Can hedge funds rig the stock market?
The headlines over Durus Capital's "inadvertent" cornering of shares in two medical firms,
, have investors wondering exactly that. But while "marking up," the process by which powerful investors move shares higher by timing big purchases in certain stocks, is an illegal form of market manipulation, experts say it's far from uncommon.
"If you hold a block of a stock with a low float or low volume, you can control the flow of stock out there as if you owned
a large percentage of the shares outstanding," said Charles Ryan, equities analyst at BB&T Asset Management. "You can see this happen if you buy too big of a position. It becomes illiquid and is hard to sell. It can work against you if you're trying to get out fast, but it can work for you if you're holding it and buying more."
This happens at the end of every quarter, when fund managers looking to boost performance buy shares en masse, bidding up their prices in what is commonly called "window dressing." And while that's a marketwide phenomenon, anyone with deep pockets looking to move shares in a single company can take a run at one of thousands of low-cap, small-float stocks that are easily influenced.
One reason marking up works is that short interest fuels the fire. By outspending the short-sellers, a big investor can force the shorts to cover their bets that the stock will fall by buying stock at higher and higher prices. Some well-timed and generous bids can spark momentum to the upside, piquing the interest of other traders and enabling the process to take on a life of its own.
"Pretty much what happens is that traders see it happening and probably accelerate what is happening. If it looks to me like someone is trying to run a stock up, I'm going to jump in and try to catch a ride myself," said
contributor James DePorre. "That sort of dynamic at work accelerates what is happening."
In this way, someone looking to mark up shares need not control a huge percentage of the float to move a stock. Because shares trade only a small percentage of their float each day, a buyer would need only to control a big chunk of daily
-- not the float -- and make large buys at higher prices.
The artificial demand is enough to boost shares when supply -- the amount of shares trading each day -- is constrained.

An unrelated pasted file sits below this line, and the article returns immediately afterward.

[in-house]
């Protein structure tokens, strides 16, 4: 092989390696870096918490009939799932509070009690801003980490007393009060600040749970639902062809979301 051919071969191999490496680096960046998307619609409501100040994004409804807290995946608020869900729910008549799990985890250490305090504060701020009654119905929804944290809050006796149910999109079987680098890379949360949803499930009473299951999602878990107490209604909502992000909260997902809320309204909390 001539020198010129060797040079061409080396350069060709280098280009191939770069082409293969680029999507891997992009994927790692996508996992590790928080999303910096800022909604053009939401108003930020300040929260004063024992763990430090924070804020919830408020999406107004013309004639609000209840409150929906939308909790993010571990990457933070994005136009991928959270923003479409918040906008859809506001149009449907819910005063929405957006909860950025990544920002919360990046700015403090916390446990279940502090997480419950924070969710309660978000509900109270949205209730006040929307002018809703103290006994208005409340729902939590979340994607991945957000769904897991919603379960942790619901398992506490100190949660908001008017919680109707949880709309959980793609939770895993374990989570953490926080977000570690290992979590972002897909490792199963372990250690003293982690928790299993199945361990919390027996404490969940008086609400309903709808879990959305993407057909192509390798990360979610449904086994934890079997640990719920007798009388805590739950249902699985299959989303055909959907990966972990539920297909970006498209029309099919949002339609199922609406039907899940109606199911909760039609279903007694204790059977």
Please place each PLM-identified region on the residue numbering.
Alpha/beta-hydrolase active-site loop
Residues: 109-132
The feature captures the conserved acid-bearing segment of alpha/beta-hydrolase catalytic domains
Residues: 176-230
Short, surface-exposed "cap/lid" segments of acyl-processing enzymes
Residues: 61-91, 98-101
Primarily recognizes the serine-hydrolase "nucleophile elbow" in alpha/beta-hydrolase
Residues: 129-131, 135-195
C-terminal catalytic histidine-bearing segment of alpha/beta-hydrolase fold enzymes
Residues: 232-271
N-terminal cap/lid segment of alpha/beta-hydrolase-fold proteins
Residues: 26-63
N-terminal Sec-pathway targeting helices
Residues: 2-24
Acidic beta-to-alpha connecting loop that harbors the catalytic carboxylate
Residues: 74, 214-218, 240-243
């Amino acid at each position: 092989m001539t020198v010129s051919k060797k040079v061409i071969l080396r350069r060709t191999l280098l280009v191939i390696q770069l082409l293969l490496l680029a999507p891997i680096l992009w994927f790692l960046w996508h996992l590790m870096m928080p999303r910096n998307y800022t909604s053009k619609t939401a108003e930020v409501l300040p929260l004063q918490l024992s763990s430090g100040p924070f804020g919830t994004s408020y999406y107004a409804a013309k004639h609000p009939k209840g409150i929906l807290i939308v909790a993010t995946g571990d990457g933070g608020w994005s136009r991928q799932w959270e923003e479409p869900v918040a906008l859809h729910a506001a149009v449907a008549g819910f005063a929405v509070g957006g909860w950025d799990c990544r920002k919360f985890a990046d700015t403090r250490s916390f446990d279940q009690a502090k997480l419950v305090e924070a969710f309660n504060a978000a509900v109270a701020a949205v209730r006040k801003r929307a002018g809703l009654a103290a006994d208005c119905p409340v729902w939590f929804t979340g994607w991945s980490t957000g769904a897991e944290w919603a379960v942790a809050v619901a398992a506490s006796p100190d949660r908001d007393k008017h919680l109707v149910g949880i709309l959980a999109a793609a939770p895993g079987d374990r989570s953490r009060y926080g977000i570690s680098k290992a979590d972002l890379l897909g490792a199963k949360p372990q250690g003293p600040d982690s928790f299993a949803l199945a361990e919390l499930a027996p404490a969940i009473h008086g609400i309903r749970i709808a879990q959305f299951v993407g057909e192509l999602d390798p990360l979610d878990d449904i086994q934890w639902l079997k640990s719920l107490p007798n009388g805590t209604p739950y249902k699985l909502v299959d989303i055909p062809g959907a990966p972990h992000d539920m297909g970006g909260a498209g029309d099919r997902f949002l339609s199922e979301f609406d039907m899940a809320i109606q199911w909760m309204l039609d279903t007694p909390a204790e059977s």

"You can easily mark up with just a small percentage of shares. Most stocks only trade a small percentage of their float in a day. And one buyer of several hundred thousand shares in a thin stock can make a big difference," said DePorre. "It isn't just their buying alone that makes the difference; it's the other traders that come in too that help."
It's a good example of Wall Street's "greater fool theory," which maintains that as long as there's another sucker out there willing to buy shares at higher prices, shares will go up. Often times, as Ryan points out, investors will think that smart money is heading into a stock when they see volume, or that there's news out that's secretly moving shares.
Given the nature of the two companies that Durus Capital was accumulating -- both small names in the momentum-heavy medical equipment space -- it's not hard to see why investors might have suspected behind-the-scenes action. Ryan said this can be a problem, "especially in biotech. All it takes is one bit of hot news and something can double. Sometimes there's a thought that something is out there that you just don't know."
Ultimately, marking up shares in a company is illegal. But it's nearly impossible to prove, because the
Securities and Exchange Commission
would have to prove that someone knowingly and maliciously bid shares up.
"There are general prohibitions about any artificial price manipulation, but it isn't always a black-and-white issue," said DePorre. "Who is to say that a buy is for the purposes of manipulation vs. just a normal buy in the course of business? It's very tough to prove what the real motivation is for buying and selling a stock."
The practice is also far from risk-free even outside the realm of regulation. By buying too many shares, a trader risks exhausting the market and running out of buyers, potentially causing losses if one is forced to sell. It's all in the timing: Wait too long to sell, and suddenly you're the fool.
While hedge funds almost certainly can't rig the broader market on a large scale, the truth is they certainly try to do it in smaller stocks from time to time.
"You have to watch that sort of thing at the end of the quarter, but other than that, it is extremely hard to detect," DePorre said. "Funds don't do it to
a great extent, because they get trapped."